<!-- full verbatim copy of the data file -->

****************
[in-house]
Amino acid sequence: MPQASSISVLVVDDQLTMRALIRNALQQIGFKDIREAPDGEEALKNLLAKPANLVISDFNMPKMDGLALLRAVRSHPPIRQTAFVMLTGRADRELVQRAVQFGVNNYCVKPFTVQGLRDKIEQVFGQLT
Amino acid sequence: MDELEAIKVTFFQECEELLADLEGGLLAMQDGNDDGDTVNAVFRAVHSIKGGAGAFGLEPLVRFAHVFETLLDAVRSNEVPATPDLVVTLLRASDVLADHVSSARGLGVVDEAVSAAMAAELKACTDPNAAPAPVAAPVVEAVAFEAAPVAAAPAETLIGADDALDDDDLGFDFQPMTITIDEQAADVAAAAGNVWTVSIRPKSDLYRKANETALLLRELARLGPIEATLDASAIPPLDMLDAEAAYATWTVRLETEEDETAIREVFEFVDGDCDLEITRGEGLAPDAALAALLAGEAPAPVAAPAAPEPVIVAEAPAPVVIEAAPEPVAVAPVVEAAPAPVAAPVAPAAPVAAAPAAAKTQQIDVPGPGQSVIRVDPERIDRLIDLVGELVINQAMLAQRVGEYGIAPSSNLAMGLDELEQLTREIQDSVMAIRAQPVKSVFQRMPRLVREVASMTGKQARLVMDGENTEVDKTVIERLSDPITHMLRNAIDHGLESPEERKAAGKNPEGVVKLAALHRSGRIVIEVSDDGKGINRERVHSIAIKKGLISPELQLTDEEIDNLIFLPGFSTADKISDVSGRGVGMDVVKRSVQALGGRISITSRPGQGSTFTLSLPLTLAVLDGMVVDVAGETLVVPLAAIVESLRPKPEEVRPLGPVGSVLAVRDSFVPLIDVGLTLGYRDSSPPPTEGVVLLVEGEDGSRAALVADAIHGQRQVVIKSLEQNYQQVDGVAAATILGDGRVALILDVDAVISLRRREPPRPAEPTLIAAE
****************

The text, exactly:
[in-house]
Amino acid sequence: MPQASSISVLVVDDQLTMRALIRNALQQIGFKDIREAPDGEEALKNLLAKPANLVISDFNMPKMDGLALLRAVRSHPPIRQTAFVMLTGRADRELVQRAVQFGVNNYCVKPFTVQGLRDKIEQVFGQLT
Amino acid sequence: MDELEAIKVTFFQECEELLADLEGGLLAMQDGNDDGDTVNAVFRAVHSIKGGAGAFGLEPLVRFAHVFETLLDAVRSNEVPATPDLVVTLLRASDVLADHVSSARGLGVVDEAVSAAMAAELKACTDPNAAPAPVAAPVVEAVAFEAAPVAAAPAETLIGADDALDDDDLGFDFQPMTITIDEQAADVAAAAGNVWTVSIRPKSDLYRKANETALLLRELARLGPIEATLDASAIPPLDMLDAEAAYATWTVRLETEEDETAIREVFEFVDGDCDLEITRGEGLAPDAALAALLAGEAPAPVAAPAAPEPVIVAEAPAPVVIEAAPEPVAVAPVVEAAPAPVAAPVAPAAPVAAAPAAAKTQQIDVPGPGQSVIRVDPERIDRLIDLVGELVINQAMLAQRVGEYGIAPSSNLAMGLDELEQLTREIQDSVMAIRAQPVKSVFQRMPRLVREVASMTGKQARLVMDGENTEVDKTVIERLSDPITHMLRNAIDHGLESPEERKAAGKNPEGVVKLAALHRSGRIVIEVSDDGKGINRERVHSIAIKKGLISPELQLTDEEIDNLIFLPGFSTADKISDVSGRGVGMDVVKRSVQALGGRISITSRPGQGSTFTLSLPLTLAVLDGMVVDVAGETLVVPLAAIVESLRPKPEEVRPLGPVGSVLAVRDSFVPLIDVGLTLGYRDSSPPPTEGVVLLVEGEDGSRAALVADAIHGQRQVVIKSLEQNYQQVDGVAAATILGDGRVALILDVDAVISLRRREPPRPAEPTLIAAE